When it comes to non-dairy milk alternatives, consumers nowadays have options. People are familiar with coconut, almond and rice milk, but may be less familiar with milk made from macadamia nuts. Most associate the tropical nut with an indulgent dessert, but a local startup is trying to change that perception.
Burr Ridge-based startup Milkadamia makes milk from macadamia nuts, creating a non-dairy, gluten-free and vegan alternative to cow or soy milk. But entering an already crowded market of non-dairy milks wasn’t easy, said the company’s CEO Jim Richards. In 2014, 21 percent of Americans reported buying more cow’s milk alternatives, and in 2016, the number of plant-based beverages in U.S. households increased to 33 percent.
Milkadamia products can be found on Amazon and in select Whole Foods stores, and the startup just landed a deal with Walmart in January. Milkadamia makes four versions of its milk: an original flavor, an unsweetened flavor, an unsweetened vanilla flavor and a barista product designed for coffee. On average, one 32 fl oz. carton sells for about $4-5.
The bootstrapped startup is just one of the many food and beverage companies in Chicago that are selling their products in major grocery retailers. Vital Proteins, a maker of collagen supplements, sells their products in Target and Whole Foods, and Chomps, which has created an all-natural beef jerky, has deals with Trader Joe’s and select 7/11 stores.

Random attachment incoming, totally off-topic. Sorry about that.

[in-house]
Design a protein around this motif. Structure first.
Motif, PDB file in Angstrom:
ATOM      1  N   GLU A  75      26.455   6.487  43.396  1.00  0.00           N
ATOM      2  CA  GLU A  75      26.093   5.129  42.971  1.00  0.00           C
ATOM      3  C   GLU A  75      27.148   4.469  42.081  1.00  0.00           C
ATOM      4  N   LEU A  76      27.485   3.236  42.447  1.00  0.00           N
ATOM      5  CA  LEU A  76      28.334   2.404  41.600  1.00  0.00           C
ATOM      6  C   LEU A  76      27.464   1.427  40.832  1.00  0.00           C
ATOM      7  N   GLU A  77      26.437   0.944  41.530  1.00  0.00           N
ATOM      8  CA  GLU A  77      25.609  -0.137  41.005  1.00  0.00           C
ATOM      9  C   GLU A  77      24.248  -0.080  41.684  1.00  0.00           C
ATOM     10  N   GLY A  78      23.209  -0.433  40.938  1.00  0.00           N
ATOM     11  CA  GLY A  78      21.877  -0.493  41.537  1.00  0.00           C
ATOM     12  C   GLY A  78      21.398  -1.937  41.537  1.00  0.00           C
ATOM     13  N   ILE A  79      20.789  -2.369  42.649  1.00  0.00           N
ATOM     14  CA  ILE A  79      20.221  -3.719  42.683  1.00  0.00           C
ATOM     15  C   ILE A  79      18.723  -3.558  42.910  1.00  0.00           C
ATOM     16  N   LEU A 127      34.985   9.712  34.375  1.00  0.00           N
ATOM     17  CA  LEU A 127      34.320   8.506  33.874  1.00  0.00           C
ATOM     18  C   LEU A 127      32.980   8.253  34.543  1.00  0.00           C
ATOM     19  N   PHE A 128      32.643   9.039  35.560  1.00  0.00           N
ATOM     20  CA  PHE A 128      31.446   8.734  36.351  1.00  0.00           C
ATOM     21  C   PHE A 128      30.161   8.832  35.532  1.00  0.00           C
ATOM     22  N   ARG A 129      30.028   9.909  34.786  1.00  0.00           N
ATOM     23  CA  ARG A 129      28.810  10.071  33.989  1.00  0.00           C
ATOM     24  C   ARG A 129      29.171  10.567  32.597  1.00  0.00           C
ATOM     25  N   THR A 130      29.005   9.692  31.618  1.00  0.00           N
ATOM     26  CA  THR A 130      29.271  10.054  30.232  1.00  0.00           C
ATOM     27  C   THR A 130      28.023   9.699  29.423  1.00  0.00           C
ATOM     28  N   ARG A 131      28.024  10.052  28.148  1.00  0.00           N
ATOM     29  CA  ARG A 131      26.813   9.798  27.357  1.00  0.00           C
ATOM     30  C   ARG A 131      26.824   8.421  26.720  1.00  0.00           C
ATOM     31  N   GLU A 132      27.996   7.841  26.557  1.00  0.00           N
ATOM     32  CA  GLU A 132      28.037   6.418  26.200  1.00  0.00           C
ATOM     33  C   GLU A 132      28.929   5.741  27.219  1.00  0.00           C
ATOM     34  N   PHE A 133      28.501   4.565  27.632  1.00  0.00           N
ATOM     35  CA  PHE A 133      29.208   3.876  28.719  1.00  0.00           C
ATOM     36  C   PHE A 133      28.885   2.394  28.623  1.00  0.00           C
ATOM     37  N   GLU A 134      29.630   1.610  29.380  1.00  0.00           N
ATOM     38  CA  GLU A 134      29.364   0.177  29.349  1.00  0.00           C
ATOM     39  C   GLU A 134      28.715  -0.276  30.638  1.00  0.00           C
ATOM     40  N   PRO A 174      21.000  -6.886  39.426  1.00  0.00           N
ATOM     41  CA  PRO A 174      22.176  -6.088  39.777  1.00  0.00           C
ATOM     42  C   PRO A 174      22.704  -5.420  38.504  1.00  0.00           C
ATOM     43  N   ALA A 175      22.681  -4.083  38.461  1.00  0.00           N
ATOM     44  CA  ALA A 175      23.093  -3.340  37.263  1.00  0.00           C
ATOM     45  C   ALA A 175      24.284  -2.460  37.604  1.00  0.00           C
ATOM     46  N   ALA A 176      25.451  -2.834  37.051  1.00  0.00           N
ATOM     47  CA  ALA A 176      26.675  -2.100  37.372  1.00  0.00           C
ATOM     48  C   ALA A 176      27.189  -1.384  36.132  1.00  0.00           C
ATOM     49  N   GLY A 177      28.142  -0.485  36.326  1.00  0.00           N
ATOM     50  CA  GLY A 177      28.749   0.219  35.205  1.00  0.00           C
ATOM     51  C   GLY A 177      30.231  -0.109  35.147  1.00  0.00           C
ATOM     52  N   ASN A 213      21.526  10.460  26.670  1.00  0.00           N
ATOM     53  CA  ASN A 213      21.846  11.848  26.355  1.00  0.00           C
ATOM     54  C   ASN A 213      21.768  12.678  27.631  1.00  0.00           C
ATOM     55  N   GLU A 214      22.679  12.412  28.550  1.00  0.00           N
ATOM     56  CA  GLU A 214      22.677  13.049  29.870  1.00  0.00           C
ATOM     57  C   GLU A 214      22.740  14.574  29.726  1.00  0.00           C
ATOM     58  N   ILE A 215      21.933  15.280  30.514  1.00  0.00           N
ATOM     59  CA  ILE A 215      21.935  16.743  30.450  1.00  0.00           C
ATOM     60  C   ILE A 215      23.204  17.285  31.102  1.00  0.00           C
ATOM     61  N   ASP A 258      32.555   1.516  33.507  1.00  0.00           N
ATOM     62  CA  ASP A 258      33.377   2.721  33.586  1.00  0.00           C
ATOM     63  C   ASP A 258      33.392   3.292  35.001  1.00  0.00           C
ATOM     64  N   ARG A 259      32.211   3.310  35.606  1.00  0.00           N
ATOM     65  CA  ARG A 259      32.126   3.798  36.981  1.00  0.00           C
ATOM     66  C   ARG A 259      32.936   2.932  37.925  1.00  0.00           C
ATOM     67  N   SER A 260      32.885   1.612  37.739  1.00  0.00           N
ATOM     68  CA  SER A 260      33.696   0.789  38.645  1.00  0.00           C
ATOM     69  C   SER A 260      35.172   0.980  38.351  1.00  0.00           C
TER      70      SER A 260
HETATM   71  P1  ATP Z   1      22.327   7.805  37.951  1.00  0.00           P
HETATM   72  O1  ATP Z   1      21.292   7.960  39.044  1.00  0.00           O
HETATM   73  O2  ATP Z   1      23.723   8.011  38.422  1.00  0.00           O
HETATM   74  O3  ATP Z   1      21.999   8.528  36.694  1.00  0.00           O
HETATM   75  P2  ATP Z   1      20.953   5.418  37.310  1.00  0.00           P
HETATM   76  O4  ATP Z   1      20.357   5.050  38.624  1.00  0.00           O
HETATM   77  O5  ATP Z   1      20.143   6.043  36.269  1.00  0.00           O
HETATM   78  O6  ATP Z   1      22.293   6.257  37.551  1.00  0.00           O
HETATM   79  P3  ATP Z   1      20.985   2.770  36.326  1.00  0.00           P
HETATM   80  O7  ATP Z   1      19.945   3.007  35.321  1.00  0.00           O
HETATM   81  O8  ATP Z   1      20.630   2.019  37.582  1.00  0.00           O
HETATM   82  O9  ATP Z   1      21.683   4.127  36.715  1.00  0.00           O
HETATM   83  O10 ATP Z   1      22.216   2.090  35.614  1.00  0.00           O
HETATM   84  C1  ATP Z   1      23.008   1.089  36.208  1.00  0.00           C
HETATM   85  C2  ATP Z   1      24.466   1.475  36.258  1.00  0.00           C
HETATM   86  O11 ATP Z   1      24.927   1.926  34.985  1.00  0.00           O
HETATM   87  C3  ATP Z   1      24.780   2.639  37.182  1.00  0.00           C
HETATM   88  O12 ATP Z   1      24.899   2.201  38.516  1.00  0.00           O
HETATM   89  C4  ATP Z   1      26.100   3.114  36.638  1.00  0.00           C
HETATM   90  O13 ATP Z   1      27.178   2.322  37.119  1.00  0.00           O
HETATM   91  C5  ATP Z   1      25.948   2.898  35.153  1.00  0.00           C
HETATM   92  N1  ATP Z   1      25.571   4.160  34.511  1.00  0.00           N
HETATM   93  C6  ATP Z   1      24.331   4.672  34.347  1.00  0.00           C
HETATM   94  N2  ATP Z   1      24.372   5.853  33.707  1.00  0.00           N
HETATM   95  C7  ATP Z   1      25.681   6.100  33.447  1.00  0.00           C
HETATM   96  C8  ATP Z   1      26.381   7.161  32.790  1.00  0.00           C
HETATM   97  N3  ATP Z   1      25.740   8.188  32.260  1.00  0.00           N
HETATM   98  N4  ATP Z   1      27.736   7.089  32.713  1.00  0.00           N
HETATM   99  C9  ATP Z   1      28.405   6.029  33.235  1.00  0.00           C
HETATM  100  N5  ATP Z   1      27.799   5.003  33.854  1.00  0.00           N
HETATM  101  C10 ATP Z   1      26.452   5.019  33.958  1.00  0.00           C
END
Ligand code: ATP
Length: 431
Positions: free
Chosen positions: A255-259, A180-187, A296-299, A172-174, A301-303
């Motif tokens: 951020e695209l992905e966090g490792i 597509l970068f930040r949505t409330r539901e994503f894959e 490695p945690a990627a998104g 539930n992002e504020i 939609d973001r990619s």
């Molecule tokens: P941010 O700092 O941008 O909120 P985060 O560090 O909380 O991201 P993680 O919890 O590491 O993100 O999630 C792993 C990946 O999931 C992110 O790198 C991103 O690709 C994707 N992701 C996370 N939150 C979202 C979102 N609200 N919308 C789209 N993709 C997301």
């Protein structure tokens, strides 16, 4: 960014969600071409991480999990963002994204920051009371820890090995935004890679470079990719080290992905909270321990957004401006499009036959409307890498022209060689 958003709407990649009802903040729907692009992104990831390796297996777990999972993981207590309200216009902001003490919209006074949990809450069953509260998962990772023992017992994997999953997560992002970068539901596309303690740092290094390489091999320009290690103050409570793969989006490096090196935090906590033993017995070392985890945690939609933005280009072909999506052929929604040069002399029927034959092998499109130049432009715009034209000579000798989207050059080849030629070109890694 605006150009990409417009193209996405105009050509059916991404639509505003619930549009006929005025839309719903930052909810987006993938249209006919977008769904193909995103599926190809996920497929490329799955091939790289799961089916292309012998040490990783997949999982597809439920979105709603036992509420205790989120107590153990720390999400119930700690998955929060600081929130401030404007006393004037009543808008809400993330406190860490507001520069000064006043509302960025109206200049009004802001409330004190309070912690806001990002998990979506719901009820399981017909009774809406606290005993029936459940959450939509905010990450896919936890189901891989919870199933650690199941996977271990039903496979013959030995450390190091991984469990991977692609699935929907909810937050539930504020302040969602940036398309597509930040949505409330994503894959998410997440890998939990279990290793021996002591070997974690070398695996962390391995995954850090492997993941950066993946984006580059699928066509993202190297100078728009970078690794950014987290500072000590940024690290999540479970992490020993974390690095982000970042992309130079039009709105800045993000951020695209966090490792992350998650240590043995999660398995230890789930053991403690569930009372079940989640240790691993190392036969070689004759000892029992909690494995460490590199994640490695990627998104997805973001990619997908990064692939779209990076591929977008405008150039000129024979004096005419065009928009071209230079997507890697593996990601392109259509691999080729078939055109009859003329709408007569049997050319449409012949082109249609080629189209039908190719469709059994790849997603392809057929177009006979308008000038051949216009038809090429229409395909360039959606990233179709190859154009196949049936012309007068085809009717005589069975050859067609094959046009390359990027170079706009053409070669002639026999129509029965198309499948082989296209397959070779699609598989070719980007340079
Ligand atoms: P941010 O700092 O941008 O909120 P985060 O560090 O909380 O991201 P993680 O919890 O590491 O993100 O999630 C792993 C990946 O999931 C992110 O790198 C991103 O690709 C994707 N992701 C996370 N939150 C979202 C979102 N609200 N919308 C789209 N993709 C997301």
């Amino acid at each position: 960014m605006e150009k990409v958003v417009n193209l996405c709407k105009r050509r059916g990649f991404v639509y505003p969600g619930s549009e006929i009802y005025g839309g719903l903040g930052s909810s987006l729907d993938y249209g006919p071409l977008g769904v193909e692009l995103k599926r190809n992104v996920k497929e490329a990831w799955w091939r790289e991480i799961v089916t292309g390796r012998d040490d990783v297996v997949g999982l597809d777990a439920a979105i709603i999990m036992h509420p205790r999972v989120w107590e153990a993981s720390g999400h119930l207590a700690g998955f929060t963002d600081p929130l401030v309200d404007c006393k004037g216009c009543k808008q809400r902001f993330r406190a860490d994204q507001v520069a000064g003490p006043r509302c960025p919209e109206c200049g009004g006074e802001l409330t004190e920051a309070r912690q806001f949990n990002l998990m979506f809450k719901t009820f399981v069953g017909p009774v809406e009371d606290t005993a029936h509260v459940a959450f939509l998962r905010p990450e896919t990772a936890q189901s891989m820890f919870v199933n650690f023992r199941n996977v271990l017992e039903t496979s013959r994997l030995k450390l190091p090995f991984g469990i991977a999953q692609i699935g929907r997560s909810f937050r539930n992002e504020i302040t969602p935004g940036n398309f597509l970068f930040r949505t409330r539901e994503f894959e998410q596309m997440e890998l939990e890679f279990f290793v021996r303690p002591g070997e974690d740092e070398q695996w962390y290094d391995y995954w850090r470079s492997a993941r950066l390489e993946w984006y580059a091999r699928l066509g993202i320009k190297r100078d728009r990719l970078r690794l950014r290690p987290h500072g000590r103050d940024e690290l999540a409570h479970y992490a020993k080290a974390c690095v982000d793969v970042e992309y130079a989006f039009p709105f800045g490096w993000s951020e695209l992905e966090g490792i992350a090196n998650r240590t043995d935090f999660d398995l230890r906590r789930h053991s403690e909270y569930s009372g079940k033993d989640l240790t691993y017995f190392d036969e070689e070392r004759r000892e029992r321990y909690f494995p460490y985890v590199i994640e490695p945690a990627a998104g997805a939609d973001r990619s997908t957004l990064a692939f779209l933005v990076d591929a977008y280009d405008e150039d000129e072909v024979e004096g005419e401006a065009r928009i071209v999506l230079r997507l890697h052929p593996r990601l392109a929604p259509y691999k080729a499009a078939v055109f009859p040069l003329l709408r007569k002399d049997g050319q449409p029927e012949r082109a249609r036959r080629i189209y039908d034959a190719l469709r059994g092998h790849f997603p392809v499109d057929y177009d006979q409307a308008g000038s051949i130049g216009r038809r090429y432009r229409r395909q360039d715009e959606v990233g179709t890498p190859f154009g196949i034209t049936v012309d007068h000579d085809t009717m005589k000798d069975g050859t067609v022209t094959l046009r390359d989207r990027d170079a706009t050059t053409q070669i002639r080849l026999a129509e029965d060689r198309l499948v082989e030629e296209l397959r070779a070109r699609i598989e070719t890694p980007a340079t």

Milkadamia originally tried to launch in Australia, close to the regenerative farm where the company still sources its nuts from today. But manufacturers in the area were wary of adding nut products to their facilities, and some even feared there would be no market for a macadamia milk, Richards said. In response, he launched the company’s headquarters in Chicagoland in 2016 and manufactures the product in Buffalo, N.Y. Now, the company is expected to make $5 million in sales this year, Richards said.
“If you can make a macadamia milk that people enjoy, they’re going to consume it every day,” said Richards, who is a vegetarian and exclusively drinks Milkadamia. “We wanted to get macadamias known for their wellness benefits, not just as an occasional treat. Macadamias are extremely anti-inflammatory. That’s their little superpower.”
However, macadamias are expensive to harvest, which explains their hefty retail price, Richards said. But even with the cost, he’s confident there’s a market for Milkadamia products.
“There are people who believe [cow’s] milk is costing the planet too much,” Richards said. “They’re not just looking for the cheapest thing that they can give to their family. People are often seeking the best thing they can give to their family. Once you switch from what’s cheapest to what’s best, price becomes less and less of a concern.”
Later this year, Milkadamia will launch other products, one being a non-dairy coffee creamer. Richards wouldn’t disclose how many cartons of milk they sell every month or year, but said that business has increased 50 percent year over year. In addition to selling their products in the U.S., they also export them to Australia, Iceland, Argentina and the United Kingdom.
“There’s such interest in non-dairy and plant-based foods,” Richards said. “And Milkadamia is growing as a result of it.”